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What the end of Biden's student debt relief plan means for the wider economy

As millions of borrowers start making payments again, that money will be directed away from consumer goods, and retailers could see sales cut by as much as 2%, economists say.
People rally in support of the Biden administration's student debt relief plan in front of the Supreme Court
People rally in support of the Biden administration's student debt relief plan in front of the Supreme Court on Feb. 28.Drew Angerer / Getty Images file

WASHINGTON — The Supreme Court’s decision to strike down President Joe Biden’s plan to wipe out billions of dollars in student debt is expected to have a ripple effect on the economy as millions of households start making room in their budgets for their monthly loan payments. 

Since March 2020, when then-President Donald Trump put a pause on student loan payments at the start of the pandemic, millions of borrowers stopped making billions of dollars in monthly loan payments and directed that money instead toward other bills and necessities, according to economists and consumer surveys.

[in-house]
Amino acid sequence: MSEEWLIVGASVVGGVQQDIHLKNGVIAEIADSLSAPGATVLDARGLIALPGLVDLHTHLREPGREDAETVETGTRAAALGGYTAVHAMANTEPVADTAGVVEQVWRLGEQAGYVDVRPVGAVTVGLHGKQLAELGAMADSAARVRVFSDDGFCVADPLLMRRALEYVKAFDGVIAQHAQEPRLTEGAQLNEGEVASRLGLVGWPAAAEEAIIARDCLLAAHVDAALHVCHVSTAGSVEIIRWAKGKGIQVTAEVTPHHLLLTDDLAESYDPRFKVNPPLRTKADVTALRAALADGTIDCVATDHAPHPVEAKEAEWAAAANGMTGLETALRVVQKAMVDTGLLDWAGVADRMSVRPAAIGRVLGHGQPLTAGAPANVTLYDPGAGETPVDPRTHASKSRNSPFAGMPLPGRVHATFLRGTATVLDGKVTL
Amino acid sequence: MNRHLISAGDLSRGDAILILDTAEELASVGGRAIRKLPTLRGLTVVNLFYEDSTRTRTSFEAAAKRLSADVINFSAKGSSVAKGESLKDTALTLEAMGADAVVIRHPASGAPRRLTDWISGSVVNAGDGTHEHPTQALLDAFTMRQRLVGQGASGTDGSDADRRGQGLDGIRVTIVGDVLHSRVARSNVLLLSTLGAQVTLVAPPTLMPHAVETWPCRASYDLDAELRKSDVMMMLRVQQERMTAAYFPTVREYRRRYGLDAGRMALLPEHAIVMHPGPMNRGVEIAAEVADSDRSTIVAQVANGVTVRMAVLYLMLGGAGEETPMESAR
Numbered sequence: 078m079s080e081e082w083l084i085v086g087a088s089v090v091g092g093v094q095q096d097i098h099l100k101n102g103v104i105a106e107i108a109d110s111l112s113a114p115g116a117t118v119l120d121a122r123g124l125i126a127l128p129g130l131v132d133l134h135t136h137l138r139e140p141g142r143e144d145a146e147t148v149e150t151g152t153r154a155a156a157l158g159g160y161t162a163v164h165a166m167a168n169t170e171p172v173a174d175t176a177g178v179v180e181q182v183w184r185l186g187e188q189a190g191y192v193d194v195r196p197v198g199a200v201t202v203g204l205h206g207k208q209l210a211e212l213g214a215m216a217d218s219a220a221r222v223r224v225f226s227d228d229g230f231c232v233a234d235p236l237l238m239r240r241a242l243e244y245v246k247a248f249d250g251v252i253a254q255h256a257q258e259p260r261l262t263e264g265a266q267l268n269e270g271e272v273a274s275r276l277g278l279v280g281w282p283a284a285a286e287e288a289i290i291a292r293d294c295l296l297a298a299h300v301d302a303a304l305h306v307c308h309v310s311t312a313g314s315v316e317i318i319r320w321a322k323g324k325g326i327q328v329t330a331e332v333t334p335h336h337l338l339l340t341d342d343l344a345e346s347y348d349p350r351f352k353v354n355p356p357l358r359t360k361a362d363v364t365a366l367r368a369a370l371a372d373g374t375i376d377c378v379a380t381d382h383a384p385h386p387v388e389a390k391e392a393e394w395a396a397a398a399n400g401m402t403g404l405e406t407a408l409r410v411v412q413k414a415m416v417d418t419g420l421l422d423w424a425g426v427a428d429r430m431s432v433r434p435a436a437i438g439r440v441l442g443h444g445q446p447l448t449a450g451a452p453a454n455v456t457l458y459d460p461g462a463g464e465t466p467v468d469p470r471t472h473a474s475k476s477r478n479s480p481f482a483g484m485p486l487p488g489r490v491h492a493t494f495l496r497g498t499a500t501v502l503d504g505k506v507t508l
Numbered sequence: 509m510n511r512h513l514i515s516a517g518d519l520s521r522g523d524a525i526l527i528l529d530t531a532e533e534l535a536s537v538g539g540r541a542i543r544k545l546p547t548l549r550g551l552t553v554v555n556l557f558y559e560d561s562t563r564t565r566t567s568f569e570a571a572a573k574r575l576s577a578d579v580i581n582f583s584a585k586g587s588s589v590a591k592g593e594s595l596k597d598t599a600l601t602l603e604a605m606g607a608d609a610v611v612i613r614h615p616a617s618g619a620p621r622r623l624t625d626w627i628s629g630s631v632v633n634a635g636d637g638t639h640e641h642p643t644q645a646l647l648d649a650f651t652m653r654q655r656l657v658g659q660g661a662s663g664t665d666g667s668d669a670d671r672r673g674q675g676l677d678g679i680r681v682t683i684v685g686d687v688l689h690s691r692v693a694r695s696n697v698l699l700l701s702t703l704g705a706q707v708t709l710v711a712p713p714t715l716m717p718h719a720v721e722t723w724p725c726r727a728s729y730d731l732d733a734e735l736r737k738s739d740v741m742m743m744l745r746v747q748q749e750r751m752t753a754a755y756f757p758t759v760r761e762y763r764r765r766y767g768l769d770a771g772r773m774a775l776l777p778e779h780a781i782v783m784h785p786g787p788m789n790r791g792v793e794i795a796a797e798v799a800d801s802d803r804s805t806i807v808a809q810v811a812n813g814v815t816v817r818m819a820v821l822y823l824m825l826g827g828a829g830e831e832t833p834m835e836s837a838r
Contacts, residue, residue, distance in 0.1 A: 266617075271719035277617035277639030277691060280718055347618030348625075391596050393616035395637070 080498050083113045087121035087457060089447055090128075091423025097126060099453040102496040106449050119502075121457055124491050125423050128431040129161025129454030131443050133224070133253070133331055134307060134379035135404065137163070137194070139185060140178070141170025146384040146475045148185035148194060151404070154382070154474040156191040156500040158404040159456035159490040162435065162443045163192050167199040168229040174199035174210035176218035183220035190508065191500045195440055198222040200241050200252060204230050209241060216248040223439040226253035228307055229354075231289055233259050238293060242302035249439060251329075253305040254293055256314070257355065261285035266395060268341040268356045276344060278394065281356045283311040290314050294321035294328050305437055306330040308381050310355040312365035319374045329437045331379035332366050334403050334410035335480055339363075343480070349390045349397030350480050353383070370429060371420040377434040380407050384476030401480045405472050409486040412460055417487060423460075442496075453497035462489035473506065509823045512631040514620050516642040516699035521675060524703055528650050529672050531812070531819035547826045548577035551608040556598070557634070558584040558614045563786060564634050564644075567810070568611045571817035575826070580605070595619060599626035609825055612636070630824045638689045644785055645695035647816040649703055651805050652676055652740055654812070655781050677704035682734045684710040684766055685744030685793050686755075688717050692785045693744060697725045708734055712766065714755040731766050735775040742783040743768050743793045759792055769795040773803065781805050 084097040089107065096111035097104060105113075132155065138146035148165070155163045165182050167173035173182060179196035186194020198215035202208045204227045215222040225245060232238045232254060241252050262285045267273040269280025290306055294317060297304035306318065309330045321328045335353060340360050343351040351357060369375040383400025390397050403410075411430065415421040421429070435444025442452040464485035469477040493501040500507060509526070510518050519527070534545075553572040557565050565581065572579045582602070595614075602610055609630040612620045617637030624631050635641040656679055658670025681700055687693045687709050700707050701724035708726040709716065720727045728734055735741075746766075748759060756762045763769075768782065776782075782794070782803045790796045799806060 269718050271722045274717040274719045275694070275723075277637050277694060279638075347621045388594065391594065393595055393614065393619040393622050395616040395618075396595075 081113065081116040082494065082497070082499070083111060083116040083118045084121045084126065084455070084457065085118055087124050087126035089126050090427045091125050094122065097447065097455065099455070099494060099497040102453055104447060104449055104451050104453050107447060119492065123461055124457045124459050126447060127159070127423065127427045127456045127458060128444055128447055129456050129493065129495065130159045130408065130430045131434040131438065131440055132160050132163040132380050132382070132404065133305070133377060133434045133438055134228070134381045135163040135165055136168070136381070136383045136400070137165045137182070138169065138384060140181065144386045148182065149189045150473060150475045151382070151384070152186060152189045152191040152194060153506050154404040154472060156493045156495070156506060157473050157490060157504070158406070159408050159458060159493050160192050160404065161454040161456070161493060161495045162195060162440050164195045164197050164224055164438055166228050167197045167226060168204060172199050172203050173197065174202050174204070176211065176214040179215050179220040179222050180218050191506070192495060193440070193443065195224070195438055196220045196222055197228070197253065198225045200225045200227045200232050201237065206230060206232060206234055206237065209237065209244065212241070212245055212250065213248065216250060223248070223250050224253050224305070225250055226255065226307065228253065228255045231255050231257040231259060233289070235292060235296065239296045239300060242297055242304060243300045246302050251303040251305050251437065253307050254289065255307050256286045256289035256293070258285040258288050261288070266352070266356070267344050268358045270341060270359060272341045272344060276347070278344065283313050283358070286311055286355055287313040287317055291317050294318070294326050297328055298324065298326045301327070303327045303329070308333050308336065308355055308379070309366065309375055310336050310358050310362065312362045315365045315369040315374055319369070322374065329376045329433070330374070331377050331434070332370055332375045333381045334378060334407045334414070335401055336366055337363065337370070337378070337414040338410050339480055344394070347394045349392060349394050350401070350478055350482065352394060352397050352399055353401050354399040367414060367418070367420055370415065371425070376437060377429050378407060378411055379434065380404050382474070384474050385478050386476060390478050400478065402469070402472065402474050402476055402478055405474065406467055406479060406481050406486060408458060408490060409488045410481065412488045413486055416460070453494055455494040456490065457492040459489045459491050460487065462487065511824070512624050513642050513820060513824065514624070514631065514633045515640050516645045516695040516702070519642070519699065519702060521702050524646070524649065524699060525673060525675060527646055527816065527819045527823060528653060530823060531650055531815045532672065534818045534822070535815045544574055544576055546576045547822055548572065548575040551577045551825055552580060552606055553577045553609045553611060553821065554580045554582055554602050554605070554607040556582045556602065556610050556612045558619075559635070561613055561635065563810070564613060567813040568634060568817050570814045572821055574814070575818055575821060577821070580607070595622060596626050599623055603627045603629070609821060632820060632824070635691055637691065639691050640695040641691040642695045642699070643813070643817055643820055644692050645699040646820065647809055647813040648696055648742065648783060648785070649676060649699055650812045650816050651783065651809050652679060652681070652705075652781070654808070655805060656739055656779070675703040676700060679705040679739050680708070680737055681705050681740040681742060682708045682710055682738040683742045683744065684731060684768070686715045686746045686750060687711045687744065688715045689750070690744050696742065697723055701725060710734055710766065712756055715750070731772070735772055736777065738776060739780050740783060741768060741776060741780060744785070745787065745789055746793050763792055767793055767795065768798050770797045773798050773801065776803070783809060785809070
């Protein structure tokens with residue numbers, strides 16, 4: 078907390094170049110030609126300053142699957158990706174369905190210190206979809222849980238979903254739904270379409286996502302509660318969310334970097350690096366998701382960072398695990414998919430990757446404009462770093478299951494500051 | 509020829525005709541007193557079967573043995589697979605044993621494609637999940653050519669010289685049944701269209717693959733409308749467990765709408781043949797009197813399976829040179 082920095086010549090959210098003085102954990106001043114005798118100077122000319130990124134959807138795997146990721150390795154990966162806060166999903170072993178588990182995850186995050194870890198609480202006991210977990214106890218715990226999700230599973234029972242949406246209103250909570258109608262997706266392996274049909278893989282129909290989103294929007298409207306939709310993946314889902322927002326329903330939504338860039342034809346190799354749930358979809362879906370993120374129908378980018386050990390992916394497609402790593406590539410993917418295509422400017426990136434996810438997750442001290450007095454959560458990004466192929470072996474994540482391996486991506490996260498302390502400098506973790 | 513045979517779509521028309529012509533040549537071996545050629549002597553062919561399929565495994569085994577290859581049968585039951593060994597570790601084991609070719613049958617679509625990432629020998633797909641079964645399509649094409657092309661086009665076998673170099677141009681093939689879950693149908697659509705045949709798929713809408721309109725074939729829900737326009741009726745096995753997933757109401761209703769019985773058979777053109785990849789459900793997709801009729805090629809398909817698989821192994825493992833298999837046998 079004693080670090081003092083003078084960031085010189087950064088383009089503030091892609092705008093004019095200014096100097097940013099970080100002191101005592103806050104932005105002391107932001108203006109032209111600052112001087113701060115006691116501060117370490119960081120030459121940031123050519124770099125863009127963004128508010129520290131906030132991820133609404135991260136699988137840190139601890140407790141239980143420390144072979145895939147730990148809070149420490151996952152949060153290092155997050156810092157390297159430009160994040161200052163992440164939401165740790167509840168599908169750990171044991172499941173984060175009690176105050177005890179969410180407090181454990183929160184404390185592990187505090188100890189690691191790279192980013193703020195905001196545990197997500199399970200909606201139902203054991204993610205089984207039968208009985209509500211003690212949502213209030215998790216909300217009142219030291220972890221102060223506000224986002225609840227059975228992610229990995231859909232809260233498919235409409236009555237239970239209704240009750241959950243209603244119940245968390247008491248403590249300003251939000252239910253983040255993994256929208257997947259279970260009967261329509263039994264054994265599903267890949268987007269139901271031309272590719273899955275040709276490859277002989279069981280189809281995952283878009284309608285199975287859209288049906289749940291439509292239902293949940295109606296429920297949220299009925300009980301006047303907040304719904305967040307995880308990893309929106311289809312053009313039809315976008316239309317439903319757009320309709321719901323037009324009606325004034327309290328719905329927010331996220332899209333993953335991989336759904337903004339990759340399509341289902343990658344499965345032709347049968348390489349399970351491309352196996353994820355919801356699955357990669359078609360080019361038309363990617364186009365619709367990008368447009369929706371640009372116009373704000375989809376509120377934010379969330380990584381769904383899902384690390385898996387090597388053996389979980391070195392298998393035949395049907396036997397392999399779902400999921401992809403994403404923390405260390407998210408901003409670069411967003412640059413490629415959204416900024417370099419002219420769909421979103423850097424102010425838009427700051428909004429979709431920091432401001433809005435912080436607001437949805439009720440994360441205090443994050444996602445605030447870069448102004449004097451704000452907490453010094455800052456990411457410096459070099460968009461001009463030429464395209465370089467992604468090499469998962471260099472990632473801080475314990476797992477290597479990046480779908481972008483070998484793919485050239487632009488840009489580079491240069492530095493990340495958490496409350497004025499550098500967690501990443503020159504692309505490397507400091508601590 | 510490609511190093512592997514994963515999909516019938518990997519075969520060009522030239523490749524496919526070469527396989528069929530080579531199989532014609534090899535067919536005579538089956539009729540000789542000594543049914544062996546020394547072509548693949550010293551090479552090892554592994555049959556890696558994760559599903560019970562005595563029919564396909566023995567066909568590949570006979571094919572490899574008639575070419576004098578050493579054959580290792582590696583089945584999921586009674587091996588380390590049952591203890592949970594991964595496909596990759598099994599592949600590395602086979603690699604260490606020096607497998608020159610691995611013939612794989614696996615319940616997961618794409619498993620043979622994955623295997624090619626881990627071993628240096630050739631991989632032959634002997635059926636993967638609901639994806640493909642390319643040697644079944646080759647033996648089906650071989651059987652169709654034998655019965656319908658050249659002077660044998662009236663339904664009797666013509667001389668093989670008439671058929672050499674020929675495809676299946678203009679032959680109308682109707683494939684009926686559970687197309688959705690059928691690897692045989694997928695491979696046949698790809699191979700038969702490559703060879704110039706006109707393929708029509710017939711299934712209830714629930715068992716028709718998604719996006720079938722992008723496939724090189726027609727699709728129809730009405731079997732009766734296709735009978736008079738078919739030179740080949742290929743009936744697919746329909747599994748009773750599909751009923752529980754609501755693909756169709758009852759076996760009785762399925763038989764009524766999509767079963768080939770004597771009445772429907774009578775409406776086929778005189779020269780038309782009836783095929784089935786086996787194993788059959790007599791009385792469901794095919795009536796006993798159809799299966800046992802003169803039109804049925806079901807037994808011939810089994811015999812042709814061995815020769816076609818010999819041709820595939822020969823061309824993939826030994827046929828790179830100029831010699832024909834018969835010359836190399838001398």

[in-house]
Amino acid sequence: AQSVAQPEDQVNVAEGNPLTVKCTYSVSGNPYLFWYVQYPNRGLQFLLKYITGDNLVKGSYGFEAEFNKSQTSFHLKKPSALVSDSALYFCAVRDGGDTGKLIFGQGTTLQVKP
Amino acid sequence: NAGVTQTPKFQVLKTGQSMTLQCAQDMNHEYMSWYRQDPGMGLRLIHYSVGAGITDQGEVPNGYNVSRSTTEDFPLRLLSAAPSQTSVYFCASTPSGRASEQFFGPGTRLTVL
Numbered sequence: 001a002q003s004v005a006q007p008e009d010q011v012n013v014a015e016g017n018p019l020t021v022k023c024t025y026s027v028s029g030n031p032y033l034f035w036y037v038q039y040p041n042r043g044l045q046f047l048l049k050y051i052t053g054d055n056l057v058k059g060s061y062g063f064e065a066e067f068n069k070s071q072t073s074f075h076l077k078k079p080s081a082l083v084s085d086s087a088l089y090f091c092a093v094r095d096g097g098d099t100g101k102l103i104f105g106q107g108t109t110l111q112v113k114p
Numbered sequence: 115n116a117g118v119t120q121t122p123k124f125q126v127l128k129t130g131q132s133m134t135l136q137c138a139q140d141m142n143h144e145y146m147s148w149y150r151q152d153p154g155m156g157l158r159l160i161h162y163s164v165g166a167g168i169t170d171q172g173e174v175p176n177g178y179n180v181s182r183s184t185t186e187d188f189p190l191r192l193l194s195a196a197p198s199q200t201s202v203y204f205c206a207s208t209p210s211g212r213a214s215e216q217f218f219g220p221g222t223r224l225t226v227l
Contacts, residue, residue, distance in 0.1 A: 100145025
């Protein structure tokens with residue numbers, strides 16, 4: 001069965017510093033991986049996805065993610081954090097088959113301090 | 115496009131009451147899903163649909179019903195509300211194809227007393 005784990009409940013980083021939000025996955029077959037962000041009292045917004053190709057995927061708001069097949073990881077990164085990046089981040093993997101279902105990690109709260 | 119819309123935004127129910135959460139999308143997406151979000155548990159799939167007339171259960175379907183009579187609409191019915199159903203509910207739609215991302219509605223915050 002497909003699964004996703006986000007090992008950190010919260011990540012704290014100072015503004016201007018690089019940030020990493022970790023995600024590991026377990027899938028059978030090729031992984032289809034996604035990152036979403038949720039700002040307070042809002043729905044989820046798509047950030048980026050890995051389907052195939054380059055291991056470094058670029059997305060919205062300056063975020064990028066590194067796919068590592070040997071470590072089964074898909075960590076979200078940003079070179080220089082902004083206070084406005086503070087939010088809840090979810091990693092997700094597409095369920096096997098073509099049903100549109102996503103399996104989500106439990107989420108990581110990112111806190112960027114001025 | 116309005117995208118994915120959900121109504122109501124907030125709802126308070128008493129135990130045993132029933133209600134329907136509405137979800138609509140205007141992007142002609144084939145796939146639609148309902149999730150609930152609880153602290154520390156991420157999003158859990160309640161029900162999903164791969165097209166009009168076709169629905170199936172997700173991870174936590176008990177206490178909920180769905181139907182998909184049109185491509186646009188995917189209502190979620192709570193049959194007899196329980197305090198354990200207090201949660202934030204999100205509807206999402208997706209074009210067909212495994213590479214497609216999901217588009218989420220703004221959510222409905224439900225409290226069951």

Now, with payments set to restart within the next two months for an estimated 44 million borrowers, economists are raising concerns about whether many will be able to afford their payments amid troubling signs for the American consumer, including dwindling savings rates, rising credit card debt and an uptick in auto loan defaults.

“People are already kind of at the edge of affordability so this could really tip the scales for some folks and they will have to pull back somewhere else,” said Thomas Simons, a senior economist at Jefferies, a financial services company. “I would expect at a minimum you see a pullback in spending, but also probably a pretty significant increase in delinquency rates and under performance of outstanding consumer debt.”